'In the Name of All Veterans, We Break Ground to Ensure That Time Does Not Dim the Glory of Their Deeds'

This morning, Speaker Pelosi was honored to join Secretary of Veterans Affairs Eric Shinseki, former Secretary of Veterans Affairs Anthony Principi, Co-Founder and Chair of the Disabled Veterans’ LIFE Memorial Foundation Lois B. Pope, and Gary Sinise at the groundbreaking ceremony for the American Veterans Disabled for Life Memorial:

American Veterans Disabled For Life Memorial Groundbreaking

American Veterans Disabled For Life Memorial Groundbreaking

Currently, there are more than 3 million living disabled American veterans, including 53,000 who have served in Iraq and Afghanistan. The new memorial will be across from the Botanic Garden, just below the Capitol, and is expected to be completed in two years. The Disabled Veterans’ LIFE Memorial Foundation explains the significance of the design:

American Veterans Disabled For Life Memorial

At this sacred spot, all of us—sons and daughters, mothers and fathers, wives, husbands and friends—will learn the important lessons of courage, sacrifice, tenacity, loyalty and honor by bearing witness to the experiences of our heroes who are disabled.

The focal point of the Memorial will be a star-shaped reflecting pool, its surface broken only by a single eternal flame. A grove of trees will stand sentry beside the pool, signifying the persistence of hope.

Dedicated to both the living and the deceased—a setting for coming together or quiet meditation—the Memorial will hold a special place in the hearts of all Americans, and will serve as a never-ending reminder to all of the cost of human conflict.

Speaker Pelosi:

Today, in breaking ground on the American Veterans Disabled for Life Memorial, we set down a marker in that same tradition – to remember the true cost of war, as the Secretary said, the cost of war and conflict to our troops and their families.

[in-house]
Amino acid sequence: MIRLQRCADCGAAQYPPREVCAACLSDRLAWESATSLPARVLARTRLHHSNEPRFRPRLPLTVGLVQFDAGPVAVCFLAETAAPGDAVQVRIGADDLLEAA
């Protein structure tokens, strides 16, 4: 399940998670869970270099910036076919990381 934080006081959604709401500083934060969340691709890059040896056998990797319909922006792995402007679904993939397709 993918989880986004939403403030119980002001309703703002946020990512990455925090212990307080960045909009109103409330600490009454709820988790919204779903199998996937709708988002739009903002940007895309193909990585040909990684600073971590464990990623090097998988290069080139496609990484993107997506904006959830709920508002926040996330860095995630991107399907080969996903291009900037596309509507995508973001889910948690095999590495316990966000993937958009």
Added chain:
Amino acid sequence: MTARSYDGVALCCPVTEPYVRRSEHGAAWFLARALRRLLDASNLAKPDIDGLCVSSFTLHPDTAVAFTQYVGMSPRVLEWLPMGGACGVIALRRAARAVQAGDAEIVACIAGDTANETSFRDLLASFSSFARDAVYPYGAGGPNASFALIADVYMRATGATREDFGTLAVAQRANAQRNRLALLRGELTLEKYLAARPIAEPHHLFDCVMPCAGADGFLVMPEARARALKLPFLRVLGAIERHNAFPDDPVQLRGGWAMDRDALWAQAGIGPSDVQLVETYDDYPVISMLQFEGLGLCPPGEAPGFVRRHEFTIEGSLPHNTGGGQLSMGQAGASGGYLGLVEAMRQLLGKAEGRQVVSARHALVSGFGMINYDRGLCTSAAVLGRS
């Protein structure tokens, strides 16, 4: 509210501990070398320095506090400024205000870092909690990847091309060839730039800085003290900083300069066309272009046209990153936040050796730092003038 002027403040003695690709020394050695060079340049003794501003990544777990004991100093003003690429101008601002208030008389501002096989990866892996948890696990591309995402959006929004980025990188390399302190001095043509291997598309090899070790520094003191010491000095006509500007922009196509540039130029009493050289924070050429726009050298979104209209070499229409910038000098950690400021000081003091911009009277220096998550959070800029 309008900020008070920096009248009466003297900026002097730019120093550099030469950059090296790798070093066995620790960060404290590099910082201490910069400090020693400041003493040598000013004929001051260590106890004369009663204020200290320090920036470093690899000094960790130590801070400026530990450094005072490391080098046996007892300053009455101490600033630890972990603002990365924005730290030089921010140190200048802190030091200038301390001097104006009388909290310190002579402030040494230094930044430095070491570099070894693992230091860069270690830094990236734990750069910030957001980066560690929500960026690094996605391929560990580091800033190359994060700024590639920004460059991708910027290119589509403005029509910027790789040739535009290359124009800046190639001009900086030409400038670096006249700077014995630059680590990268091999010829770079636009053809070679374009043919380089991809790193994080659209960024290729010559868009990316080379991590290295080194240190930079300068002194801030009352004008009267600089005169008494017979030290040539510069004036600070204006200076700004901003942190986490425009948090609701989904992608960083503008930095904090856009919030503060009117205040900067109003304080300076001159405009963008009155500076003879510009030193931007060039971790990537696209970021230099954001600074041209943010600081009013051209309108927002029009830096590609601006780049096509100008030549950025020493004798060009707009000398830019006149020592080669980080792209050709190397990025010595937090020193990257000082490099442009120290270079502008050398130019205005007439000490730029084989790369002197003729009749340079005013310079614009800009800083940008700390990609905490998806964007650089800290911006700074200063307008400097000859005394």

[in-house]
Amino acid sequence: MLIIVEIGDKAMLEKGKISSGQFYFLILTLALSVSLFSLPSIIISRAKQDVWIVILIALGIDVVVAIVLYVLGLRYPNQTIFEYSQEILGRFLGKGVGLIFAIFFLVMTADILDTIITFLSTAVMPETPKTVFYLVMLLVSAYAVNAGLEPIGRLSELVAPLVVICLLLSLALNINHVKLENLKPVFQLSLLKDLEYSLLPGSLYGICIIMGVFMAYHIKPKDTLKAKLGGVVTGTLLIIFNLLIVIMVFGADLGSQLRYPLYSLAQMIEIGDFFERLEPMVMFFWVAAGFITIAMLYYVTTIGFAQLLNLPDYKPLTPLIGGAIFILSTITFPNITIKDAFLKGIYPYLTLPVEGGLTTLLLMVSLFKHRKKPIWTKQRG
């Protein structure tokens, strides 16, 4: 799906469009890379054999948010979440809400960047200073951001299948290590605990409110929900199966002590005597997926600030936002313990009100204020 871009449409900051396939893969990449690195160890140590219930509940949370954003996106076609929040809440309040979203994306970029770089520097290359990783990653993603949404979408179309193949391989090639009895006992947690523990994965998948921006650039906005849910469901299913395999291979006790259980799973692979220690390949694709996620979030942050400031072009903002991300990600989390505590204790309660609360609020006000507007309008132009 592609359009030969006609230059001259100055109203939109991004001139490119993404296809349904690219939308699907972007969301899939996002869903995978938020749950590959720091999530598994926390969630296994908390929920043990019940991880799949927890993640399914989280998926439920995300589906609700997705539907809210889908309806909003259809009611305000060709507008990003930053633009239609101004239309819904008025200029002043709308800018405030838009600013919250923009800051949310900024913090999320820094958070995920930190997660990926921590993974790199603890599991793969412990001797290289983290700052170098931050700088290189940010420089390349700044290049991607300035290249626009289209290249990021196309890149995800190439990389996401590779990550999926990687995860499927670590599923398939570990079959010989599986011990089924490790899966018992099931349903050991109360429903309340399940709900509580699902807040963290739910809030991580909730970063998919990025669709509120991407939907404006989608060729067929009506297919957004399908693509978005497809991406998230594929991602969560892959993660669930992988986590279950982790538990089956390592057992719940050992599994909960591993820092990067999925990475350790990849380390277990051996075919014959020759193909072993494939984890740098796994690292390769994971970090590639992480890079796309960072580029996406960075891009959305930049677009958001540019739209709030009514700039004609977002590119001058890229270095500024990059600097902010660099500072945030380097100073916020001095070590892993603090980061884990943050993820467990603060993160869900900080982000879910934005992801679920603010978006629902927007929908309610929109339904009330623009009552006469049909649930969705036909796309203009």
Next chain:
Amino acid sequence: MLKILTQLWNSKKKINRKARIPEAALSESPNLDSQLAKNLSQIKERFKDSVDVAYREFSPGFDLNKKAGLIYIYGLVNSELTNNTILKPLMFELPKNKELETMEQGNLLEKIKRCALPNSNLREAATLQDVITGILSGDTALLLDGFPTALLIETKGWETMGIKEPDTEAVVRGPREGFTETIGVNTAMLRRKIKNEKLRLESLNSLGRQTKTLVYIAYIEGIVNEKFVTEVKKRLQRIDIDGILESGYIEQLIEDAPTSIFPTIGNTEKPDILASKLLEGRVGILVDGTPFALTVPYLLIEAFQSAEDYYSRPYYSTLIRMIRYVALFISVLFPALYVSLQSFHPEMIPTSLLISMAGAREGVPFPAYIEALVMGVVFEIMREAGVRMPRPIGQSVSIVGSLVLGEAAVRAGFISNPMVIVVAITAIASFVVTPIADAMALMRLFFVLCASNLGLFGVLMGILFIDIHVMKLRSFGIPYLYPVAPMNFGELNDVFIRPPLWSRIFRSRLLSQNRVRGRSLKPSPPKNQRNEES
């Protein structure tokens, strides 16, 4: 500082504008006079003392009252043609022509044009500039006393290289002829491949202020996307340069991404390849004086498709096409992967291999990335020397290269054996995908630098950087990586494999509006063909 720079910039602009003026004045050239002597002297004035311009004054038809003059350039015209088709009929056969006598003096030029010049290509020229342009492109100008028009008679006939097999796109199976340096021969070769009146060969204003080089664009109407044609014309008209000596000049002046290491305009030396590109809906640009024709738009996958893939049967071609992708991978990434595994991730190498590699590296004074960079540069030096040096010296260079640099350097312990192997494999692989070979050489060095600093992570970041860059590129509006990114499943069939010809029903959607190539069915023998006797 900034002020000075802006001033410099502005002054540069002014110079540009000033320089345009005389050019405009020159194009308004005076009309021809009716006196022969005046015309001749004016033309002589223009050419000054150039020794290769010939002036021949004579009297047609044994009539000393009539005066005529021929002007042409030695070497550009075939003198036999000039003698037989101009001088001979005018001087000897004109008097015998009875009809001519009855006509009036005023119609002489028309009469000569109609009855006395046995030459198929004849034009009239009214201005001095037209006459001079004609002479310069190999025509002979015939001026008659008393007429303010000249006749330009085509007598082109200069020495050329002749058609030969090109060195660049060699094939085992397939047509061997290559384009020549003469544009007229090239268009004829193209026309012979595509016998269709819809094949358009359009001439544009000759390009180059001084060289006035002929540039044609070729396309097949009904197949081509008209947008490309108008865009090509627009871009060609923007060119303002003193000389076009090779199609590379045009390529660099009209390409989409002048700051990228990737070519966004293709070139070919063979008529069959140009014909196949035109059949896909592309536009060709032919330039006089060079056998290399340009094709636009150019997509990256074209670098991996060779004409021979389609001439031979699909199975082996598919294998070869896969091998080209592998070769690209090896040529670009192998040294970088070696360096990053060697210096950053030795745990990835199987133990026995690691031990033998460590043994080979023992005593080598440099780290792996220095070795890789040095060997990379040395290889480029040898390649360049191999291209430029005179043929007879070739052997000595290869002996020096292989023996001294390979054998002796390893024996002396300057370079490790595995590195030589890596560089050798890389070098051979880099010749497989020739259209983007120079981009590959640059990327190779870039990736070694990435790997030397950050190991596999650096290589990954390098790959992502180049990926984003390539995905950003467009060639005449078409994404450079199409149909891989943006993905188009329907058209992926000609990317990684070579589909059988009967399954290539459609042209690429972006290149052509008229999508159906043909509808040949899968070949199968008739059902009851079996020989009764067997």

We pay tribute to the sacrifice of those who served and came home changed forever but not their spirit, just physically and gave part of their lives abroad so that we could be safe at home. In a bipartisan way, we in Congress know that protecting the American people is our first responsibility. And our veterans do just that. And when they are disabled, we need to be there for them and make sure everyone remembers the sacrifice.


In the name of all veterans – past, present, and future – we break ground today to ensure that time does not dim the glory of their deeds; that time holds their deeds in the highest esteem; that, like the flame at the center of this memorial, the flame of their deeds burns eternal. Very important.

My uncle, Johnny D’Alesandro, died at the Battle of the Bulge. There wasn’t a day that went by that my father didn’t mourn the loss of his brother, but he also took enormous pride that his brother, our family, sacrificed for our country. And so the tributes to those who lost their lives continue. But today, we take a very specific step in recognizing those who were disabled and who still continue to contribute to this strength of America in so many ways.

As we approach Veterans Day, we reaffirm our commitment to honor the patriotism, the courage, and service of all of our men and women in uniform. Whether they are in the theater of battle or wherever they serve our country, because of them, because of you, we are the land of the free and the home of the brave.

In building this memorial, we are taking a critical step forward in fulfilling our pledge: that just as our troops leave no one behind on the battlefield, when they come home, we leave no veteran behind.

Read the Speaker’s full remarks»

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